Figure 4Rainfall and soil moisture in autumn 2013 measured at 10, 25 and 40 cm depth. The line represents the catchment mean calculated with Eq. (3) in Table 1 in the respective depth and the shaded area the mean $±{\mathrm{SEM}}_{\mathrm{cat}.}^{\mathrm{inter}}$. The dashed lines represent the onsets of several rain events and the labels refer to the event numbers as in Tables 3 and 4. Note that on 27 November 2013 one of the probes stopped working, which is the reason for the step in the data and the higher ${\mathrm{SEM}}_{\mathrm{cat}.}^{\mathrm{inter}}$.

Figure 5Soil moisture in the topsoil (0–5 cm) measured on alert basis before and after major rain events in autumn seasons in 2012–2015. The points show catchment mean values, the lines the range of the mean $±{\mathrm{SEM}}_{\mathrm{cat}.}^{\mathrm{inter}}$. The numbers above selected events give the event number as in Tables 3 and 4 and as referred to in the text.

## 3.2 Event-based runoff coefficients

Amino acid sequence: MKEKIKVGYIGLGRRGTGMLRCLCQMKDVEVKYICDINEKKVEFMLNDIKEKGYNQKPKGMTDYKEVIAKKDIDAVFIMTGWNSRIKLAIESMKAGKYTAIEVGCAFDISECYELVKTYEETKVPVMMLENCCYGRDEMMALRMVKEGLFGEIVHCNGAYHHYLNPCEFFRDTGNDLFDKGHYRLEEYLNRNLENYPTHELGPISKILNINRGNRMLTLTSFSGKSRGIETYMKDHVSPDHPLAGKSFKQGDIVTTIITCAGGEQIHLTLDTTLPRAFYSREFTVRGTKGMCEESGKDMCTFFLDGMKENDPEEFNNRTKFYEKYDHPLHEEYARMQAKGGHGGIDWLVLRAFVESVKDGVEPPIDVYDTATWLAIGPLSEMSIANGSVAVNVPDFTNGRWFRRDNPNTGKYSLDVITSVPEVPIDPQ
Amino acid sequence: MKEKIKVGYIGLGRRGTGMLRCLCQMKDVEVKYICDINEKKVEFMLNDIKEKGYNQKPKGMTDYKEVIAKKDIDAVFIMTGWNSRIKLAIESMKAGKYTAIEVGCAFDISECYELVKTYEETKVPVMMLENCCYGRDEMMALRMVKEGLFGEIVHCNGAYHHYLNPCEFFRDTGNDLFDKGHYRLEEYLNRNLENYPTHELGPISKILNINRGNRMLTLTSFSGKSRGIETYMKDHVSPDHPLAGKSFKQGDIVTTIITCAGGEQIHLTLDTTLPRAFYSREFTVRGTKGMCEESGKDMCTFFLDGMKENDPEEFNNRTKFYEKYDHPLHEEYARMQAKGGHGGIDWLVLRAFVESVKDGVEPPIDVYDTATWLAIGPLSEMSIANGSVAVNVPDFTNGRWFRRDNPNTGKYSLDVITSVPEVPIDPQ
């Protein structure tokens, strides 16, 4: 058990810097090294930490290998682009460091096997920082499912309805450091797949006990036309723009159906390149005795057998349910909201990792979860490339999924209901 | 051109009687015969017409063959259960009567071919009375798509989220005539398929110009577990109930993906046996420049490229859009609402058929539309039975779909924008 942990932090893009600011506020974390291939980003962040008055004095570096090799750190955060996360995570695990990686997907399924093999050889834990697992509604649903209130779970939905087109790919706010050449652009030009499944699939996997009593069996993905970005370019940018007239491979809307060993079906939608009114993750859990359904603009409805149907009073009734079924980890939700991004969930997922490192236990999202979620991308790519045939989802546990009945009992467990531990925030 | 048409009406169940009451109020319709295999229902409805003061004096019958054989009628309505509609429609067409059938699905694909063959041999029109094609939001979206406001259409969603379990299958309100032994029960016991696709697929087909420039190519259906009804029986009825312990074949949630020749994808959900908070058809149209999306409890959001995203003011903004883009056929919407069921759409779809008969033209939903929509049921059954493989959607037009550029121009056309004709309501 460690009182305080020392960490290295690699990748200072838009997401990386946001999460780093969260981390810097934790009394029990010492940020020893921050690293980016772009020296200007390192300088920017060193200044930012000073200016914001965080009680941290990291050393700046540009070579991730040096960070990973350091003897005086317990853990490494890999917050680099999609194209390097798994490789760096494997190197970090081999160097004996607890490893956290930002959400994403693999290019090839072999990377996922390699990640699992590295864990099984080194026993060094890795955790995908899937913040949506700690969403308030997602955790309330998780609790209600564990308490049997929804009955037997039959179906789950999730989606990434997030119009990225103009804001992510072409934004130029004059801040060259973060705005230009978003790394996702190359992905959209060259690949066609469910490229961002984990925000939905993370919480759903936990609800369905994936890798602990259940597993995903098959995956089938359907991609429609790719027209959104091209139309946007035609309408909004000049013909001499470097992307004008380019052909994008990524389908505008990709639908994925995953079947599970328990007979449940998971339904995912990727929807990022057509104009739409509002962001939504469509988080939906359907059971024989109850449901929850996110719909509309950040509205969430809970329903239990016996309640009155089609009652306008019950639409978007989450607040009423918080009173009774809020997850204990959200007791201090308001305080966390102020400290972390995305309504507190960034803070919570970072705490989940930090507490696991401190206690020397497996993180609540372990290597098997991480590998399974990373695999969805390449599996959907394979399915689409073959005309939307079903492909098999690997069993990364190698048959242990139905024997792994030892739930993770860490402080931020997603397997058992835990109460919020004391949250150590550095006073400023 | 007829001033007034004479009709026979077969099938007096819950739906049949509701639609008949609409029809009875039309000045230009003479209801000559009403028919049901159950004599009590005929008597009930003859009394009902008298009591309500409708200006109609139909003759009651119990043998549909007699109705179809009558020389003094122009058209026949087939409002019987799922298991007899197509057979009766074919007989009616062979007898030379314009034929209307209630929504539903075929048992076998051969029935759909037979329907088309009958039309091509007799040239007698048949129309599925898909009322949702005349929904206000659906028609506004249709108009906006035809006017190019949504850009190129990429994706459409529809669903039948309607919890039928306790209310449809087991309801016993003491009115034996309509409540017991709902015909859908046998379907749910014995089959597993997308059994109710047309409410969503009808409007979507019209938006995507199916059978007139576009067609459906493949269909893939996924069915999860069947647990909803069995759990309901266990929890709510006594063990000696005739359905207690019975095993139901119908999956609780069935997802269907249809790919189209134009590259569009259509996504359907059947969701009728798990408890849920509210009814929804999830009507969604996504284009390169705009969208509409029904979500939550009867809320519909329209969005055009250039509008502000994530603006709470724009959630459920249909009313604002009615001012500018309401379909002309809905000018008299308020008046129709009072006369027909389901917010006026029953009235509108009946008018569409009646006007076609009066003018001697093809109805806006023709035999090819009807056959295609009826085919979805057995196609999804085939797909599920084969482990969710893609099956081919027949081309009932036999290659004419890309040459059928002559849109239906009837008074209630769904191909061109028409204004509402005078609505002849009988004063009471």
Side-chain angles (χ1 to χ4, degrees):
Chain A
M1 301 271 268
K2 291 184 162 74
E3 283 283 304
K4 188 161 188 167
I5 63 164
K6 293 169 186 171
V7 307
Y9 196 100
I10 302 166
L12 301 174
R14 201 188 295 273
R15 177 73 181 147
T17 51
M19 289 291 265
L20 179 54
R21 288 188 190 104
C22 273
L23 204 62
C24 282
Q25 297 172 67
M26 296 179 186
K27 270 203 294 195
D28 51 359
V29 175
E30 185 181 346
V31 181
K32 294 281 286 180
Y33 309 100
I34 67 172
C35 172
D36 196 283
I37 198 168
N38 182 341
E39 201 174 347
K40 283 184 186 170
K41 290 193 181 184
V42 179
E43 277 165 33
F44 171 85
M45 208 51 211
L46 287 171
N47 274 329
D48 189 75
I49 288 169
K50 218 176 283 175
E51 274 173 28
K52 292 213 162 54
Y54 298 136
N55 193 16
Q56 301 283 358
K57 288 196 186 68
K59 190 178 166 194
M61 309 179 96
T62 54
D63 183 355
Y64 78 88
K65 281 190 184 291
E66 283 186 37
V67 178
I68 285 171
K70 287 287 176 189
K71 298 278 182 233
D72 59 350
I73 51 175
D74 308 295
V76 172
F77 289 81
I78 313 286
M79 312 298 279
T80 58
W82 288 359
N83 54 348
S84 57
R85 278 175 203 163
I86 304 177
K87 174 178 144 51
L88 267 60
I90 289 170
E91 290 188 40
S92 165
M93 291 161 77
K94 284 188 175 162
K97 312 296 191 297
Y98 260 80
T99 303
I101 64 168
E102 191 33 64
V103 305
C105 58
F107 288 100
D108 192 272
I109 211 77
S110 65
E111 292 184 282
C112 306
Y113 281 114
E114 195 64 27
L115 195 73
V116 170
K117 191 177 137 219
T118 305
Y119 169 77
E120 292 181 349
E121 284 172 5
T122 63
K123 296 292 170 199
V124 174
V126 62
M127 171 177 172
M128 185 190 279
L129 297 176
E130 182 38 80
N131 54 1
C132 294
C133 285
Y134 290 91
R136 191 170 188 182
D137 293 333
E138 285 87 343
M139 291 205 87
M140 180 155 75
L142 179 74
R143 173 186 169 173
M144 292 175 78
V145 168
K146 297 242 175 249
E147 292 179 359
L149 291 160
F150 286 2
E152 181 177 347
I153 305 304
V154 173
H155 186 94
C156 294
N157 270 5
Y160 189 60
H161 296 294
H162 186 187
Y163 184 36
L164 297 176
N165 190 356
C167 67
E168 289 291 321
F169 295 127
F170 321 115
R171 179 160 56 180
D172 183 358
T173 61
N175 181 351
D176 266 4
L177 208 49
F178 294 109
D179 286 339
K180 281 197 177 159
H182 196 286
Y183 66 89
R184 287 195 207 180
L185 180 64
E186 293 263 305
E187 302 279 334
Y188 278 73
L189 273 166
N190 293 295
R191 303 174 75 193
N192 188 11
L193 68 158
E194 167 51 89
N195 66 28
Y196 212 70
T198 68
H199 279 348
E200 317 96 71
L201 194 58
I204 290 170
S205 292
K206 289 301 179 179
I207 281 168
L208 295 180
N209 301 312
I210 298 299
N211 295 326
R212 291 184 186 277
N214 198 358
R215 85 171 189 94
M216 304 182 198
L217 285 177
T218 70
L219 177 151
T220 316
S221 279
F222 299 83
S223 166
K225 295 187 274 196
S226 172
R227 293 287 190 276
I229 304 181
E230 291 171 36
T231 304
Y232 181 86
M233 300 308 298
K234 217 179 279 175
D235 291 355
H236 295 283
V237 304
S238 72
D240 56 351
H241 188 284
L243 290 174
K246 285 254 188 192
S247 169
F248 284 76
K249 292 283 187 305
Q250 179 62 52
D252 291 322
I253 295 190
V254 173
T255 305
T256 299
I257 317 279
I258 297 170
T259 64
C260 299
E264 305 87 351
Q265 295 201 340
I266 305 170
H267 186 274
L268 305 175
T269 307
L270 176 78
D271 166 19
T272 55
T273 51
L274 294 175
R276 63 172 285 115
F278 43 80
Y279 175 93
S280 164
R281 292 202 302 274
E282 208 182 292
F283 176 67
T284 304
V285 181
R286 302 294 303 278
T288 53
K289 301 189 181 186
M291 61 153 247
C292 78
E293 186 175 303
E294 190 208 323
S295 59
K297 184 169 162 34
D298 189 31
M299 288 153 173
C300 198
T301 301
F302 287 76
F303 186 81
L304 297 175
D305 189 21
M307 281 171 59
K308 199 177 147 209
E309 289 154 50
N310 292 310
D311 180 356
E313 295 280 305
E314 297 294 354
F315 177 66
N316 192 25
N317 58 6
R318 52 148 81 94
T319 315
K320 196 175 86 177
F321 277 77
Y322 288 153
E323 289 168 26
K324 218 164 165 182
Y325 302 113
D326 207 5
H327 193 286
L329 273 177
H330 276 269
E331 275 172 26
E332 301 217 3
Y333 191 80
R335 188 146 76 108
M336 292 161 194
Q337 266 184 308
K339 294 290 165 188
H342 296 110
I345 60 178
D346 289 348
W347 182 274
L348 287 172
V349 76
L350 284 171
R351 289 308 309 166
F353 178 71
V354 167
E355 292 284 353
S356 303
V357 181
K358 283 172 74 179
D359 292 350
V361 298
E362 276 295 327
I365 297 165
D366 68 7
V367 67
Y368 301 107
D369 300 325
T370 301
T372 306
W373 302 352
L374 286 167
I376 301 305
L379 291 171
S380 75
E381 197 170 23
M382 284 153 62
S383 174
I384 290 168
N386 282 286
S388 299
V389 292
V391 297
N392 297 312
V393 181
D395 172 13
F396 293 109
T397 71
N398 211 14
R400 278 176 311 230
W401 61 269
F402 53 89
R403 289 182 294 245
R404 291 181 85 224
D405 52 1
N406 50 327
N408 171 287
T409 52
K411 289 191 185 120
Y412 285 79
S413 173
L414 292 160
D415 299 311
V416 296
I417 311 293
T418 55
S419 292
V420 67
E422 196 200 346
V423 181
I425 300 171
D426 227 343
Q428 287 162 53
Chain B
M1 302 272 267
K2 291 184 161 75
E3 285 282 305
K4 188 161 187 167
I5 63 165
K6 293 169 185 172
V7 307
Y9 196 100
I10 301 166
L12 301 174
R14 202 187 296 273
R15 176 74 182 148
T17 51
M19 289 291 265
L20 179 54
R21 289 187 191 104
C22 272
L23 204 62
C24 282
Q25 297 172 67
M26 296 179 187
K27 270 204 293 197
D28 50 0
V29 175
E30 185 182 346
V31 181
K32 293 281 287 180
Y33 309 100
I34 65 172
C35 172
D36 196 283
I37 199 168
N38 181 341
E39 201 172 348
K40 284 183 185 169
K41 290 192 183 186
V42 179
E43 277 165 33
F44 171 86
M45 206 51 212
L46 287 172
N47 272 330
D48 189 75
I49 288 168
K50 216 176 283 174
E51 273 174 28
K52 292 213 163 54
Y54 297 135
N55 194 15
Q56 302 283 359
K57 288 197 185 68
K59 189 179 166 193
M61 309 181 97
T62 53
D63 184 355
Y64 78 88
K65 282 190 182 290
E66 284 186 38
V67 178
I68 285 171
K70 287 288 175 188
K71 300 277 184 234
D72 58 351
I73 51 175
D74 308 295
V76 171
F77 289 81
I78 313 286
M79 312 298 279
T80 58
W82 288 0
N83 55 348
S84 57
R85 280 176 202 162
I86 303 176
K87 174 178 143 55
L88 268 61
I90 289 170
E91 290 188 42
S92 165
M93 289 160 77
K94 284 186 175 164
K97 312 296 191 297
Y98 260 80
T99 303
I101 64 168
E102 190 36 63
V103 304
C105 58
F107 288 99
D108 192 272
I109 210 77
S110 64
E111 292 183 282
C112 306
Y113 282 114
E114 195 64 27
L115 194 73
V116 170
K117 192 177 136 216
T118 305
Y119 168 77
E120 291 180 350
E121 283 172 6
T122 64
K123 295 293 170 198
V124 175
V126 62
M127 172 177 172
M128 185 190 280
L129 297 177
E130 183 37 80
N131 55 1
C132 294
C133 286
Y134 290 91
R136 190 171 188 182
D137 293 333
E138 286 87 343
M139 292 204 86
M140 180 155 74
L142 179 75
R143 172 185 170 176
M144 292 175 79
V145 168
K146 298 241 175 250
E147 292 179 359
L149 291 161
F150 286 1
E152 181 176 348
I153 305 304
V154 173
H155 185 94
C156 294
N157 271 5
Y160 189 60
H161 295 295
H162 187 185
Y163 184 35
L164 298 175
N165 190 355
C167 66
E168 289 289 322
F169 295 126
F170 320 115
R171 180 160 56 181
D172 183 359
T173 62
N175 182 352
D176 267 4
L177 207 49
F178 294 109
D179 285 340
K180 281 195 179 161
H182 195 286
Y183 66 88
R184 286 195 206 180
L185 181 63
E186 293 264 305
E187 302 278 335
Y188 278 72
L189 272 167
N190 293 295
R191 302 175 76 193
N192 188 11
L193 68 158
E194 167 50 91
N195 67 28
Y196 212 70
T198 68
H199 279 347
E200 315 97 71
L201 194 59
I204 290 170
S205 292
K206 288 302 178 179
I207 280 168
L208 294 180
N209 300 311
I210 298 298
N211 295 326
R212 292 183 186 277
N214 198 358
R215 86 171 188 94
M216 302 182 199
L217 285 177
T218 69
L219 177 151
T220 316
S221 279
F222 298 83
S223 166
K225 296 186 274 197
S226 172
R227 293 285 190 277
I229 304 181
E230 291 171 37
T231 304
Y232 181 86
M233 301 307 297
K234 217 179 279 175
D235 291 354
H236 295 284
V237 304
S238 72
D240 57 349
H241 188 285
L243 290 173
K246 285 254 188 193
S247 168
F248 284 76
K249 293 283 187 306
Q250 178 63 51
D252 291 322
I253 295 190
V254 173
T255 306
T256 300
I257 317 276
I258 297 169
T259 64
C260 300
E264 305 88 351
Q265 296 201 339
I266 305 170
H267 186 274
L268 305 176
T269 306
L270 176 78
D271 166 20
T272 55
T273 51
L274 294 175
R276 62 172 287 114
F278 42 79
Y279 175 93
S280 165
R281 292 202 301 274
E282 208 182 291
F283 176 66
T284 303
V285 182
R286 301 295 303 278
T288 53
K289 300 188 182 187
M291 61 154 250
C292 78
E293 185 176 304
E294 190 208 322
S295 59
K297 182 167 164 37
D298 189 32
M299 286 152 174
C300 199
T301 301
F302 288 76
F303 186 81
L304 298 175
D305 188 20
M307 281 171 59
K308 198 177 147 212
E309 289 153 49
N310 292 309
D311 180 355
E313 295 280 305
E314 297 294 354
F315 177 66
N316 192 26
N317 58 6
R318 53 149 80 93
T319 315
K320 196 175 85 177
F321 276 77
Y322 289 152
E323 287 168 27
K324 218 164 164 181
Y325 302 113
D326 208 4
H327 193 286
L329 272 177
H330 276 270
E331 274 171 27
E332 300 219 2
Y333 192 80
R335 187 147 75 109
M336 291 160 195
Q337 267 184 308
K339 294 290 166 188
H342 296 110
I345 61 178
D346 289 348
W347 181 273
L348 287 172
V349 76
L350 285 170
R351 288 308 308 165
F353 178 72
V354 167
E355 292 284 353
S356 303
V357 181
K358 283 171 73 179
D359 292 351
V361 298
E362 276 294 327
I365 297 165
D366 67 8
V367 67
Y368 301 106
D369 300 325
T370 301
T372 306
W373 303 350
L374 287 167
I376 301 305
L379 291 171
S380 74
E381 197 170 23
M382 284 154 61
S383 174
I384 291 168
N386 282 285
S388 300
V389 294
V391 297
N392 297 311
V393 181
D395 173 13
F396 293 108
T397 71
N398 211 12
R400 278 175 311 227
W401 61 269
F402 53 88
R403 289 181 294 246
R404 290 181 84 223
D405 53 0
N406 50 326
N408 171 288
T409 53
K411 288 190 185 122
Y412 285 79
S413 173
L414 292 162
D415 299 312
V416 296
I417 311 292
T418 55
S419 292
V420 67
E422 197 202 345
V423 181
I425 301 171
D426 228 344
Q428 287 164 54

The event-based runoff coefficients ϕev calculated for the Gazel catchment with seven hydrograph separation methods for 54 events range from 0 to 0.99, with large differences between the methods and a high positive skewness (Fig. 6a). In the Claduègne catchment, ϕev was only calculated with the recursive digital filter method RDF and the HySep filter methods, but values still range from 0 to 0.97. The electric conductivity and constant-k methods result in the lowest values for ϕev while the three HySep filters yield considerably larger values than all other methods. Apart from the HySep filter methods, the other four methods correlate well with each other (Fig. 6b). The HySep filters correlate very well with each other (R2≥0.96 for all three pairs; not shown here), but to a lesser degree with the other methods (Fig. 6b). For the following sections, values of ϕev determined with the RDF method are used for reasons explained in the discussion (Sect. 4.4).

Figure 6(a) Differences of event-based runoff coefficients ϕev calculated for 54 rain events in the Gazel catchment in autumn 2012 and autumn 2013 derived with different methods for hydrograph separation. (b) Correlation between different methods. The upper panel gives the coefficient of determination (R2) and Spearman's rank correlation coefficient ρ, the dashed line in the lower panel is the line of identity. The methods used for hydrograph separation are described in Sect. 2.5.2: constant-k (CK), electric conductivity (EC), Hysep filter with fixed or sliding interval (HS1–HS2), Hysep filter with local minima algorithm (HS3), recursive digital filter (RDF) and straight line (SL).